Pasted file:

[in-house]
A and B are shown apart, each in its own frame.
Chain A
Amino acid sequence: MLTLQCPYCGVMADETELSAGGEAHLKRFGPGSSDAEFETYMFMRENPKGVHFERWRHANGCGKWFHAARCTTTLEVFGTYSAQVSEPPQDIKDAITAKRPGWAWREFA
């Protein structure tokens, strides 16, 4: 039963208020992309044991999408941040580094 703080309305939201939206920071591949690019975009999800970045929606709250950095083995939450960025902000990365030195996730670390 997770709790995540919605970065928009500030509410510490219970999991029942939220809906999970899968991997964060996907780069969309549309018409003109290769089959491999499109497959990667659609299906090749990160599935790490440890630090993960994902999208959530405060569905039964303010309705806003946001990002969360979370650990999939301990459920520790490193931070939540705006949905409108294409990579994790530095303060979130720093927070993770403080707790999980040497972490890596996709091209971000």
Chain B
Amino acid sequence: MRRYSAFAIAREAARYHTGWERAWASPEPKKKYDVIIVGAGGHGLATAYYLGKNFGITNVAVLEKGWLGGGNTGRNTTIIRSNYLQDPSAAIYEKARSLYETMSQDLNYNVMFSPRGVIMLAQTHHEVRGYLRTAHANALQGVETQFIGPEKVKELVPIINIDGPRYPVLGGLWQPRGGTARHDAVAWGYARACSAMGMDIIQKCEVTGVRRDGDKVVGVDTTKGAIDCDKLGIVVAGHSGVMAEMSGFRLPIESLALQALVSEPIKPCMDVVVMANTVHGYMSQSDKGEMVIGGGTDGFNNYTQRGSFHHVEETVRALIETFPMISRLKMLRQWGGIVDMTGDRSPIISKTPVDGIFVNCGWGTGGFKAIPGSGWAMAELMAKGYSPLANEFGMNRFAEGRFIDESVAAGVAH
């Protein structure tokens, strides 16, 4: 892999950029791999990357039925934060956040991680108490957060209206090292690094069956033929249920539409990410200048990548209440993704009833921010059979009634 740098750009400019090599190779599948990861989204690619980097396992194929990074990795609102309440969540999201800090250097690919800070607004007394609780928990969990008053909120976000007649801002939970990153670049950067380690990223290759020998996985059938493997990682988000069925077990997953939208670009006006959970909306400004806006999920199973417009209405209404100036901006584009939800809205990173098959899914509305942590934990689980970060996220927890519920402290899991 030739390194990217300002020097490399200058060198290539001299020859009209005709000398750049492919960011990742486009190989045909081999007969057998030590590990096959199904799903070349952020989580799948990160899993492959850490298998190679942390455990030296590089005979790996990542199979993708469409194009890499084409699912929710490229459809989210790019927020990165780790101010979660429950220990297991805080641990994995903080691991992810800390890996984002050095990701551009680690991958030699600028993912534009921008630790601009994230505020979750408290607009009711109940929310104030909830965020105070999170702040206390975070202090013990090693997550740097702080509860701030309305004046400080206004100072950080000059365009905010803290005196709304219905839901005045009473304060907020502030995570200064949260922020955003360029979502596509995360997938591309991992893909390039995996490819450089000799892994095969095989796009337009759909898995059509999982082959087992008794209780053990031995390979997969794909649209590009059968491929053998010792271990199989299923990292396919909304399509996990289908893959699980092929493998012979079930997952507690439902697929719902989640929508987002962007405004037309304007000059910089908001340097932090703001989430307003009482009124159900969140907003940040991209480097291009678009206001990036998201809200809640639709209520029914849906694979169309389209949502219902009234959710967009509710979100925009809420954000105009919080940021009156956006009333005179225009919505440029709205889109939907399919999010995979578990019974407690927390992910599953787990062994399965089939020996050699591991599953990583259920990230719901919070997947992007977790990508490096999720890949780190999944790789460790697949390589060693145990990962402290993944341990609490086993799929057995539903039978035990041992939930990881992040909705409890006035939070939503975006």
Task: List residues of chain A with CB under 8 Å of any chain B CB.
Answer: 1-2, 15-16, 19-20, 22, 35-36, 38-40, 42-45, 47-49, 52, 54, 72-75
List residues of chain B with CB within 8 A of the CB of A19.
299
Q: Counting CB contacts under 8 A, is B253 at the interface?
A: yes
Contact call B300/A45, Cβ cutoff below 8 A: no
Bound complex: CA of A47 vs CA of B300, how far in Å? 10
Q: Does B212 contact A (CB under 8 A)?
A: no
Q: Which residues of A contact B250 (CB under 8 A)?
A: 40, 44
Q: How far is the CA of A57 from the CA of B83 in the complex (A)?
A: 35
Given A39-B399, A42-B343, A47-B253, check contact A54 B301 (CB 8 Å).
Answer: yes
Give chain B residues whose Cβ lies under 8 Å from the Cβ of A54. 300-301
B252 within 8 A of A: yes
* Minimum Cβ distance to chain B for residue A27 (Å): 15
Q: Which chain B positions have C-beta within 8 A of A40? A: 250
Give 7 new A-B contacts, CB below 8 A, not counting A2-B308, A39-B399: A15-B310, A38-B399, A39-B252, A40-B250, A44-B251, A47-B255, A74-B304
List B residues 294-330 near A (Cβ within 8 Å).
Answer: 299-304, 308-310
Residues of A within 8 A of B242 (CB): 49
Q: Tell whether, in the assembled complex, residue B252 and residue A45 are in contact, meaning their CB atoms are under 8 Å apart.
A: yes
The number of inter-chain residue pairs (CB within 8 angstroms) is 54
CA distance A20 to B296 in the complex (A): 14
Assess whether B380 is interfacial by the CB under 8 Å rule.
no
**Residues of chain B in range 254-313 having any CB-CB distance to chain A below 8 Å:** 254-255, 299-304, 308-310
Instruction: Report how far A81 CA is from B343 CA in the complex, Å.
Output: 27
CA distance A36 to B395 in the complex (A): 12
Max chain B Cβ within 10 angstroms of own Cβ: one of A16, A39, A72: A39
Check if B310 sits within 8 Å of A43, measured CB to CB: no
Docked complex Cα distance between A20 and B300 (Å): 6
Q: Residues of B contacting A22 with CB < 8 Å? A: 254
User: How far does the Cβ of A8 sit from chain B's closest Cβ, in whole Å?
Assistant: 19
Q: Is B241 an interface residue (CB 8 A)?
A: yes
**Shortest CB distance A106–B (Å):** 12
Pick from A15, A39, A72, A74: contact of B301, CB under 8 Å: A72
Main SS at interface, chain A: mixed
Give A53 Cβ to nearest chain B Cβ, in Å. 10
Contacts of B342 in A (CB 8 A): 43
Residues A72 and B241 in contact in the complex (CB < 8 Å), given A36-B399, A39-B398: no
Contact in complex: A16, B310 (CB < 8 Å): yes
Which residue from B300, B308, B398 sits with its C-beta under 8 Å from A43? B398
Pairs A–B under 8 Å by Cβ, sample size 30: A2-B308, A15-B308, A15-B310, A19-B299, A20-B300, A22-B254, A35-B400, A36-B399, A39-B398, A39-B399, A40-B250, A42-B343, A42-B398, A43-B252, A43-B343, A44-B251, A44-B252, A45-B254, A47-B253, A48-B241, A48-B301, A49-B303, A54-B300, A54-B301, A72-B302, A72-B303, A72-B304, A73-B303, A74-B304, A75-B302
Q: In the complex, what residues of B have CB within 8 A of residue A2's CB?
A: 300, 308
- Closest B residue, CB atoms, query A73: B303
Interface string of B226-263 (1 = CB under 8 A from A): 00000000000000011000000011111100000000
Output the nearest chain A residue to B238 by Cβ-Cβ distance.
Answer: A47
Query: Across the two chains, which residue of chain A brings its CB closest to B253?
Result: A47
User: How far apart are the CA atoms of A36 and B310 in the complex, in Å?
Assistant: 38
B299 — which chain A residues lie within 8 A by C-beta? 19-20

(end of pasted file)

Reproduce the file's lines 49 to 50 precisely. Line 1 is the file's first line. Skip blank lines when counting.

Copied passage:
Q: Is B241 an interface residue (CB 8 A)?
A: yes